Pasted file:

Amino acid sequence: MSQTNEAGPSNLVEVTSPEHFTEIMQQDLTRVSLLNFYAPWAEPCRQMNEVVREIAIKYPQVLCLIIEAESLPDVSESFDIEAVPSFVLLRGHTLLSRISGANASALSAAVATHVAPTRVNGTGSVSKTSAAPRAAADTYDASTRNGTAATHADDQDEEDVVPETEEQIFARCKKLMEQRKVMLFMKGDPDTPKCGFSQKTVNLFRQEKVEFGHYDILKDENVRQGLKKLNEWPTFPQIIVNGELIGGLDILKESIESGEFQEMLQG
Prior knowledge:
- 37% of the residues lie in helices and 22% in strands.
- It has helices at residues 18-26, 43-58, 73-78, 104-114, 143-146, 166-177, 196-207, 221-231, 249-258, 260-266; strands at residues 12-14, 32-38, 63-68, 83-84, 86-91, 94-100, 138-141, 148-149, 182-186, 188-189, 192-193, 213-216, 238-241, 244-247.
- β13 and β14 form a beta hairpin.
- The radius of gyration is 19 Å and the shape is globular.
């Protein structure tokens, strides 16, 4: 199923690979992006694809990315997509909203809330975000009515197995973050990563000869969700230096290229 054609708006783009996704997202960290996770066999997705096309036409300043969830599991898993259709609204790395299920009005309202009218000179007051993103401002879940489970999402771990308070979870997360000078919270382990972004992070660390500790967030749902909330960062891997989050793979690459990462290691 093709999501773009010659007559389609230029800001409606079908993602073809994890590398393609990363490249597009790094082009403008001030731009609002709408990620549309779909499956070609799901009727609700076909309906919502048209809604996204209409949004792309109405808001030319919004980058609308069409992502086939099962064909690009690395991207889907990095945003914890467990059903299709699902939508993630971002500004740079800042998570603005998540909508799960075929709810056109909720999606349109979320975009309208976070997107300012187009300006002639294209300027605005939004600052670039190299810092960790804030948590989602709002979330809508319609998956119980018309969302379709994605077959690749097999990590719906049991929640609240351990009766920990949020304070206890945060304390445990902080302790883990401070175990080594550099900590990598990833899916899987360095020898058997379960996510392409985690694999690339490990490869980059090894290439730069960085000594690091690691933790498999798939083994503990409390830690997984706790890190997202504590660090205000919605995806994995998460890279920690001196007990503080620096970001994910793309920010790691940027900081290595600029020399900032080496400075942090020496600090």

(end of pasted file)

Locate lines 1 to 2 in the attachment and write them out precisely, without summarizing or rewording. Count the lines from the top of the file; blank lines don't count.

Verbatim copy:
Amino acid sequence: MSQTNEAGPSNLVEVTSPEHFTEIMQQDLTRVSLLNFYAPWAEPCRQMNEVVREIAIKYPQVLCLIIEAESLPDVSESFDIEAVPSFVLLRGHTLLSRISGANASALSAAVATHVAPTRVNGTGSVSKTSAAPRAAADTYDASTRNGTAATHADDQDEEDVVPETEEQIFARCKKLMEQRKVMLFMKGDPDTPKCGFSQKTVNLFRQEKVEFGHYDILKDENVRQGLKKLNEWPTFPQIIVNGELIGGLDILKESIESGEFQEMLQG
Prior knowledge: